Objectives To translate, revise, and validate the Diabetes Distress Scale (DDS) instrument for Indonesian type 2 diabetes mellitus (T2DM) outpatients with various complications. Methods Participants were recruited from four hospitals and two primary health care centers. The study was performed with forward and backward translations, an adaptation testing with a small subset of participants, and validation analysis. Factor analysis with maximum likelihood estimation and promax rotation was then used to investigate the instrument structure. Internal consistency among the items was estimated using Cronbach α for each domain of the DDS. Results In total, 324 participants (246 from the hospitals and 78 from the primary health care centers) were involved in this study. To improve participant comprehension of the exact meaning of questions, examples of daily activities for patients with T2DM (e.g., diet, exercise, and adherence to therapy) were added to some questions after the translation and revision procedures. The factor analysis revealed a correlation among the four factors ranging from 0.40 to 0.67. The factor loadings of selected items from the four factors ranged from 0.41 to 0.98. The order of the four factors in the factor analysis was as follows: interpersonal distress, emotional burden, physician distress, and regimen distress. The internal consistency for the four domains ranged from 0.78 to 0.83. The instrument resulting from this study was labeled “DDS17 Bahasa Indonesia.” Conclusions The DDS17 Bahasa Indonesia provides an initial psychometric validation study, factor structure, and internal consistency for assessing the distress of Indonesian T2DM outpatients. Use of this instrument in future research and clinical trials is recommended for the Indonesian context.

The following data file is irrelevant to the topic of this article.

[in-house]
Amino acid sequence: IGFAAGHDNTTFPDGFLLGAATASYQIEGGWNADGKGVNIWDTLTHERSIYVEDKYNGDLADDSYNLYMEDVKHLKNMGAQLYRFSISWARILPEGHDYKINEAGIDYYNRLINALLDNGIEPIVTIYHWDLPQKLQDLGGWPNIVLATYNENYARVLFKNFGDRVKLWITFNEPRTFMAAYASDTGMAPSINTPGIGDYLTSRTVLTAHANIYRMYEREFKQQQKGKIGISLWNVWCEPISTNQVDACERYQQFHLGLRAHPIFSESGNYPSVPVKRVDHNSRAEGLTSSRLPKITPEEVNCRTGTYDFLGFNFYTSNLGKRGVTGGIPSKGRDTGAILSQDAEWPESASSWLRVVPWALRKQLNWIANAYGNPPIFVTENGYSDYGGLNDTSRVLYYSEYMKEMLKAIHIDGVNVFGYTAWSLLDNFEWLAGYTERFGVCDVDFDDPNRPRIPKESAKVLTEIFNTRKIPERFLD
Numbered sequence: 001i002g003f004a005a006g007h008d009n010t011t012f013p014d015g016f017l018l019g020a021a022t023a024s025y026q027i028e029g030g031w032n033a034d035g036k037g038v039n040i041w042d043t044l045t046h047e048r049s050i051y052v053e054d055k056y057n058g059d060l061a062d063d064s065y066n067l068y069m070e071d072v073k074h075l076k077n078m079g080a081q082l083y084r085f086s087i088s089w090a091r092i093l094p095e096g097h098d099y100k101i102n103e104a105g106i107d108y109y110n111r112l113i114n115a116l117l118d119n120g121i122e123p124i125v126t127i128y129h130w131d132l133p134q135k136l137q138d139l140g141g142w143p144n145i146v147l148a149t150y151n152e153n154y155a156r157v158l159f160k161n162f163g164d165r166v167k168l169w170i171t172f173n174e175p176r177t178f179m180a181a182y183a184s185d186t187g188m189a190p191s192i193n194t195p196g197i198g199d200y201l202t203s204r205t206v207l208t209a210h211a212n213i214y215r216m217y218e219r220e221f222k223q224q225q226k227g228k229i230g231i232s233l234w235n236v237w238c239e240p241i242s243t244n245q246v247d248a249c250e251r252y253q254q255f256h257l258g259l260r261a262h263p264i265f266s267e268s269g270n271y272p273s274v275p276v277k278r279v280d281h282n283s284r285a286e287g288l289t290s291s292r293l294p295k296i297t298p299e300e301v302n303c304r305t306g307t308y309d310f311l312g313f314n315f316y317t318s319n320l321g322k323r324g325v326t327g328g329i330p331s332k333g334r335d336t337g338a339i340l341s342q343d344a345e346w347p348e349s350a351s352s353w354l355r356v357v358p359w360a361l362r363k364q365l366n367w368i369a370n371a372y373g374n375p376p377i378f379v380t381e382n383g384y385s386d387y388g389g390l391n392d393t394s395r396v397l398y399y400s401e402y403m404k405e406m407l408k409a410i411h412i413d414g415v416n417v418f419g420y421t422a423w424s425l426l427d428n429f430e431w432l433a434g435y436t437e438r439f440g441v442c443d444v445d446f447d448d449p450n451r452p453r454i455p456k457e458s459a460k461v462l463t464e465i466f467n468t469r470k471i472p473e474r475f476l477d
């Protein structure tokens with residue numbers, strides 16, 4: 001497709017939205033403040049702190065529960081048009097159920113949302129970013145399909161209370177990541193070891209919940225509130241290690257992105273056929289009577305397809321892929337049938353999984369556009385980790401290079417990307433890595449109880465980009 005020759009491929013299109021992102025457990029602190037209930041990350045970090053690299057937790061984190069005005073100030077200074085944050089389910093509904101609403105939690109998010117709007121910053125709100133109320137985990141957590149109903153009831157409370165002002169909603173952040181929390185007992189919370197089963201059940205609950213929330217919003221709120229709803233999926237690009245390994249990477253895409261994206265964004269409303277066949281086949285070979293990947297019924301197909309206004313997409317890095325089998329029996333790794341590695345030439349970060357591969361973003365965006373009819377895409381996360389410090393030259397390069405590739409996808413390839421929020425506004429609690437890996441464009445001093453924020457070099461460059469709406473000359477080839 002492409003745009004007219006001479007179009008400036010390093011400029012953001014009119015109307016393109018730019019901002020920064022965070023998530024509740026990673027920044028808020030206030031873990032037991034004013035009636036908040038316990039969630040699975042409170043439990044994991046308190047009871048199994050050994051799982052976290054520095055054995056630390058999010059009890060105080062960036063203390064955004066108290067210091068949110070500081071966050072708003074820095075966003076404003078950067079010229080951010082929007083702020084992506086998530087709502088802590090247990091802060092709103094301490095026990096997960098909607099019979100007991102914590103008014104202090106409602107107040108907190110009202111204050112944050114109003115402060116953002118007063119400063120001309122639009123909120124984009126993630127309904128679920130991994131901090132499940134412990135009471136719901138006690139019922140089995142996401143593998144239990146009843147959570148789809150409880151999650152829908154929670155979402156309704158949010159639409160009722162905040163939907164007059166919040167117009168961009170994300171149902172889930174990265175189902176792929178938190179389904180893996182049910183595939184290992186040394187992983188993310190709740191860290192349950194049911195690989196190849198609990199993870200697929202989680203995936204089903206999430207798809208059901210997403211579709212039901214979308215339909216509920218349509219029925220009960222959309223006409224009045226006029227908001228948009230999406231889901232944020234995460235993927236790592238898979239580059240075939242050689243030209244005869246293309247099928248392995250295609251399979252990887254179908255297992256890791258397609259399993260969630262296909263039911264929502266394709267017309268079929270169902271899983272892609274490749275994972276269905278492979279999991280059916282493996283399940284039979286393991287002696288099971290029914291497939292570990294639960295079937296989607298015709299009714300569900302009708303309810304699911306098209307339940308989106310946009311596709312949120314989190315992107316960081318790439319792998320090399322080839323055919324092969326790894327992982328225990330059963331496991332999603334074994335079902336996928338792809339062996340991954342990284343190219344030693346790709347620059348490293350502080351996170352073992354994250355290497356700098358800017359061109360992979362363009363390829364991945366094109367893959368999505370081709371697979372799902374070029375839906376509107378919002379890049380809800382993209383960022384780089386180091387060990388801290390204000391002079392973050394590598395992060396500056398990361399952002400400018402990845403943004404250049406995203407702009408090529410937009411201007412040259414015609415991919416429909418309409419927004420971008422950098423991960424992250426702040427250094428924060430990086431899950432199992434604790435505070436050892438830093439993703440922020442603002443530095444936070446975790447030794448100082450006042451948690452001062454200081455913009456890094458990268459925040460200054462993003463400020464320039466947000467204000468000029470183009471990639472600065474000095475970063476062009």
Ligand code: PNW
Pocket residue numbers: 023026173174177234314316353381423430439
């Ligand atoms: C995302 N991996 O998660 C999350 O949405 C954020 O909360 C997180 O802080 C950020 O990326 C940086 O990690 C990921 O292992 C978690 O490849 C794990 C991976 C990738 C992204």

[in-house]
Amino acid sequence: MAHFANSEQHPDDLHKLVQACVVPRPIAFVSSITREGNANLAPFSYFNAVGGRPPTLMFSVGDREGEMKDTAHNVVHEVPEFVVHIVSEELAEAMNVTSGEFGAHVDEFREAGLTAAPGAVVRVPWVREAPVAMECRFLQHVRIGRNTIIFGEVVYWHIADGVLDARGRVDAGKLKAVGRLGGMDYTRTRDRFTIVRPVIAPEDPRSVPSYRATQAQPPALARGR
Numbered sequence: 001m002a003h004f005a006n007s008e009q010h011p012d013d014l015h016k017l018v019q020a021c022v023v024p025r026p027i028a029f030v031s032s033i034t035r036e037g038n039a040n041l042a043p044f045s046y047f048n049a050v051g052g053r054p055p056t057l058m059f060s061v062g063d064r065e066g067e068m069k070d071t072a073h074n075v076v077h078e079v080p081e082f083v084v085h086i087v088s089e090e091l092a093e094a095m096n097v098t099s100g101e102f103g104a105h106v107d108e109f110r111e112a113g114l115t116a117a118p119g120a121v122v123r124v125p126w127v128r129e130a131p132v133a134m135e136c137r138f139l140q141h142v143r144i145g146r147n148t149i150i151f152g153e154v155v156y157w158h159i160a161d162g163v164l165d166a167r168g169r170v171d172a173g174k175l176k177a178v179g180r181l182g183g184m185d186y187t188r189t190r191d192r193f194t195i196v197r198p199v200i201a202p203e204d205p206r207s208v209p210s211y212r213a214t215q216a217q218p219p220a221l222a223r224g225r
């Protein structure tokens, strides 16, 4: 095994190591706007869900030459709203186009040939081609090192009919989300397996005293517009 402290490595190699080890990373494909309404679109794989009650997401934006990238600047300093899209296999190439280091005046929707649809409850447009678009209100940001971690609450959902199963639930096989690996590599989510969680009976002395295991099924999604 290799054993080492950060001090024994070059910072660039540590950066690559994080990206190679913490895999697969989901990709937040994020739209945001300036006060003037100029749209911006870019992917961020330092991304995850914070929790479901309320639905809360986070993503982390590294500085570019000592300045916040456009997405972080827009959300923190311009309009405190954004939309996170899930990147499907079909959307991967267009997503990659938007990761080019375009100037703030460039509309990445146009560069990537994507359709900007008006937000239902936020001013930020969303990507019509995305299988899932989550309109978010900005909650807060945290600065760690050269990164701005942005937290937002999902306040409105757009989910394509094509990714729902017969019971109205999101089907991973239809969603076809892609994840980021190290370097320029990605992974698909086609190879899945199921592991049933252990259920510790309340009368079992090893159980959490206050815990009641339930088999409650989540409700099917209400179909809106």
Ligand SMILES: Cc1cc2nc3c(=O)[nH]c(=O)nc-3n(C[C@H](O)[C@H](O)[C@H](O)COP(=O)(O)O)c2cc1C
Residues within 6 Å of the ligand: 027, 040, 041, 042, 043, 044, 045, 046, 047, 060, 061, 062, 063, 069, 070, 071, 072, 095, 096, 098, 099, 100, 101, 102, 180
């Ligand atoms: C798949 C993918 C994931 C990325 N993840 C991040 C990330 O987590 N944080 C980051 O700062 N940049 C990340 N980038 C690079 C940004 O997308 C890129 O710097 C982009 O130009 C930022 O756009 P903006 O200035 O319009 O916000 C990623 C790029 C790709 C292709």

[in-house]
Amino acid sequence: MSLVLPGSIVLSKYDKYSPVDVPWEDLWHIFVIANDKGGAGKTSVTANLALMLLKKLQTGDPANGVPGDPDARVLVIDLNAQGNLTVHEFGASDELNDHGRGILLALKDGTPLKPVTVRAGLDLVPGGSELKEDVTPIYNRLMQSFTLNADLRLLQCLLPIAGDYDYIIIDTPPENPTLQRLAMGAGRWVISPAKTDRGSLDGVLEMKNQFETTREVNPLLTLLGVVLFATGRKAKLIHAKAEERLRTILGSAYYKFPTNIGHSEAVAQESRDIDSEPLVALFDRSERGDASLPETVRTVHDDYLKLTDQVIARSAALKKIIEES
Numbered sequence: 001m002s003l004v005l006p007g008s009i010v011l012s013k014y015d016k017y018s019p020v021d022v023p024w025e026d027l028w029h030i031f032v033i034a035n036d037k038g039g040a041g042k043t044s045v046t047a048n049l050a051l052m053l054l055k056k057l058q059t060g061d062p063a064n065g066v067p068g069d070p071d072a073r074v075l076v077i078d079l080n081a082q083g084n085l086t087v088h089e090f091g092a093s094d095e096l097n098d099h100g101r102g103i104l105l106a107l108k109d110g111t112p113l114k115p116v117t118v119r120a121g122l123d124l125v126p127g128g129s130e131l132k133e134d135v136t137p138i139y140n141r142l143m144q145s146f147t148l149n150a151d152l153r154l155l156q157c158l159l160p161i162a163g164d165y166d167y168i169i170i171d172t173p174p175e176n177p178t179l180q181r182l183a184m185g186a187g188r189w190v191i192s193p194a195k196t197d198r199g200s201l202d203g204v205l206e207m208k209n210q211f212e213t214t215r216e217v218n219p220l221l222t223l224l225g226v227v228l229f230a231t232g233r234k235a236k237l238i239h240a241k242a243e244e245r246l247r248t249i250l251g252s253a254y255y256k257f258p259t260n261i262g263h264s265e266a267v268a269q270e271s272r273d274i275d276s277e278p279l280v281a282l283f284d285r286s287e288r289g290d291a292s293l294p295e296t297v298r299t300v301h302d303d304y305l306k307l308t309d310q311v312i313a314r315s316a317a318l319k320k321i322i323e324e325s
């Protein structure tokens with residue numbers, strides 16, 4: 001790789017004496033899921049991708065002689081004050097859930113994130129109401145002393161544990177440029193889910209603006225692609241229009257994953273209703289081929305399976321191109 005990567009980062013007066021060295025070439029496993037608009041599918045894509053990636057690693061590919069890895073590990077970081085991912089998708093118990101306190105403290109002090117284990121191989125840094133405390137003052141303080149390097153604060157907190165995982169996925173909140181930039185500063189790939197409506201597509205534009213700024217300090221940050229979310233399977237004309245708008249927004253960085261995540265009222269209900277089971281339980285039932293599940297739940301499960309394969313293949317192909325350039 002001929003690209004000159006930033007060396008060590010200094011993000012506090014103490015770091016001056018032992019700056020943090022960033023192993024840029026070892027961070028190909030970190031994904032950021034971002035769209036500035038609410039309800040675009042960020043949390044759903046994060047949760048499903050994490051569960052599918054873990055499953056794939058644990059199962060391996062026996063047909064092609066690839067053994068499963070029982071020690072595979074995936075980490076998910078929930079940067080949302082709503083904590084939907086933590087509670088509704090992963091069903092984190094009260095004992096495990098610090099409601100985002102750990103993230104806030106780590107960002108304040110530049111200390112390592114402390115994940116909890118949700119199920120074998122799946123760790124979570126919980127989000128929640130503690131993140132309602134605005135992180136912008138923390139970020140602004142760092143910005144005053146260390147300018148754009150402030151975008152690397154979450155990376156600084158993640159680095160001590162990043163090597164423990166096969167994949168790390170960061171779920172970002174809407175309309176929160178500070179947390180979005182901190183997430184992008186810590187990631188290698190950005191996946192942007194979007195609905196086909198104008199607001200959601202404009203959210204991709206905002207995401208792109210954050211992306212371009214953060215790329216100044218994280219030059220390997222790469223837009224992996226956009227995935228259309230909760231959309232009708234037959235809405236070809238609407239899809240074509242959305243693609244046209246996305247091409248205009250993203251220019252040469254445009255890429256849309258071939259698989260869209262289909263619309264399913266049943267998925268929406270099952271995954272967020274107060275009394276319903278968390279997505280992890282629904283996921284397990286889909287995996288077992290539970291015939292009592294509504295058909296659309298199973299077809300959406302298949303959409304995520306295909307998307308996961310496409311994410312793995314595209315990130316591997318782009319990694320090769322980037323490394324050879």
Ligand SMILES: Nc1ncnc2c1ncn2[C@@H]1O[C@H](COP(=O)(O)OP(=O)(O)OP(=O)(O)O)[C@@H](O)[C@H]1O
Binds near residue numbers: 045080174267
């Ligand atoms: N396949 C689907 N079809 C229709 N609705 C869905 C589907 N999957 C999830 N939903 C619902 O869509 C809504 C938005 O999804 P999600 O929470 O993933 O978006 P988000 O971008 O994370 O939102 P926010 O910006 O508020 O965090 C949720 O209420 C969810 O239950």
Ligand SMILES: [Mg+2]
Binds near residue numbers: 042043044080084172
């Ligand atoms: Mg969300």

Farm, B. A. S., Perwitasari, D. A., Thobari, J. A., Cao, Q., Krabbe, P. F. M., & Postma, M. J. (2017). Translation, Revision, and Validation of the Diabetes Distress Scale for Indonesian Type 2 Diabetic Outpatients with Various Types of Complications. Value in Health Regional Issues, 12, 63–73. https://doi.org/10.1016/j.vhri.2017.03.010